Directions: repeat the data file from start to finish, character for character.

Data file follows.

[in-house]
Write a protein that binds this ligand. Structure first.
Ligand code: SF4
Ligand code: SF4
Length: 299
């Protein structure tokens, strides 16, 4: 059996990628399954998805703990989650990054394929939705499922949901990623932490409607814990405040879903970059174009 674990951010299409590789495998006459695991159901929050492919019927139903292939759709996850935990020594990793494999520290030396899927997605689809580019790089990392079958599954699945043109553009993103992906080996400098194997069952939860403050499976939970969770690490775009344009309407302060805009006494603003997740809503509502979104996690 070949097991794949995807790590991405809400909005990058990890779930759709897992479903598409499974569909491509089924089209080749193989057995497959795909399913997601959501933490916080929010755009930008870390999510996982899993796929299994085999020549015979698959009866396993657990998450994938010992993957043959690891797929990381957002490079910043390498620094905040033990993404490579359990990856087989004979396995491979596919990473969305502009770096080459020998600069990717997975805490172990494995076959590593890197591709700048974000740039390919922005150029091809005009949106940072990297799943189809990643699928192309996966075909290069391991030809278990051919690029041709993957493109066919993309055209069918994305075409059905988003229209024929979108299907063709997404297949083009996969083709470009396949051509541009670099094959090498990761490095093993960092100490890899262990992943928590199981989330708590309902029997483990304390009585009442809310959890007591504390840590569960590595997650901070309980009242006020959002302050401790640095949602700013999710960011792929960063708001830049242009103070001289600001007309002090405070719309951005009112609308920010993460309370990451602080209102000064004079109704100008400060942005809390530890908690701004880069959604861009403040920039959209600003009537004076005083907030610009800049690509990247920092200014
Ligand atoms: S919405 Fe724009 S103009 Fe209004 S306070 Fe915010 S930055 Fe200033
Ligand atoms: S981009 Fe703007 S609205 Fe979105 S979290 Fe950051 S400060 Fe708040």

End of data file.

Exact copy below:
[in-house]
Write a protein that binds this ligand. Structure first.
Ligand code: SF4
Ligand code: SF4
Length: 299
């Protein structure tokens, strides 16, 4: 059996990628399954998805703990989650990054394929939705499922949901990623932490409607814990405040879903970059174009 674990951010299409590789495998006459695991159901929050492919019927139903292939759709996850935990020594990793494999520290030396899927997605689809580019790089990392079958599954699945043109553009993103992906080996400098194997069952939860403050499976939970969770690490775009344009309407302060805009006494603003997740809503509502979104996690 070949097991794949995807790590991405809400909005990058990890779930759709897992479903598409499974569909491509089924089209080749193989057995497959795909399913997601959501933490916080929010755009930008870390999510996982899993796929299994085999020549015979698959009866396993657990998450994938010992993957043959690891797929990381957002490079910043390498620094905040033990993404490579359990990856087989004979396995491979596919990473969305502009770096080459020998600069990717997975805490172990494995076959590593890197591709700048974000740039390919922005150029091809005009949106940072990297799943189809990643699928192309996966075909290069391991030809278990051919690029041709993957493109066919993309055209069918994305075409059905988003229209024929979108299907063709997404297949083009996969083709470009396949051509541009670099094959090498990761490095093993960092100490890899262990992943928590199981989330708590309902029997483990304390009585009442809310959890007591504390840590569960590595997650901070309980009242006020959002302050401790640095949602700013999710960011792929960063708001830049242009103070001289600001007309002090405070719309951005009112609308920010993460309370990451602080209102000064004079109704100008400060942005809390530890908690701004880069959604861009403040920039959209600003009537004076005083907030610009800049690509990247920092200014
Ligand atoms: S919405 Fe724009 S103009 Fe209004 S306070 Fe915010 S930055 Fe200033
Ligand atoms: S981009 Fe703007 S609205 Fe979105 S979290 Fe950051 S400060 Fe708040």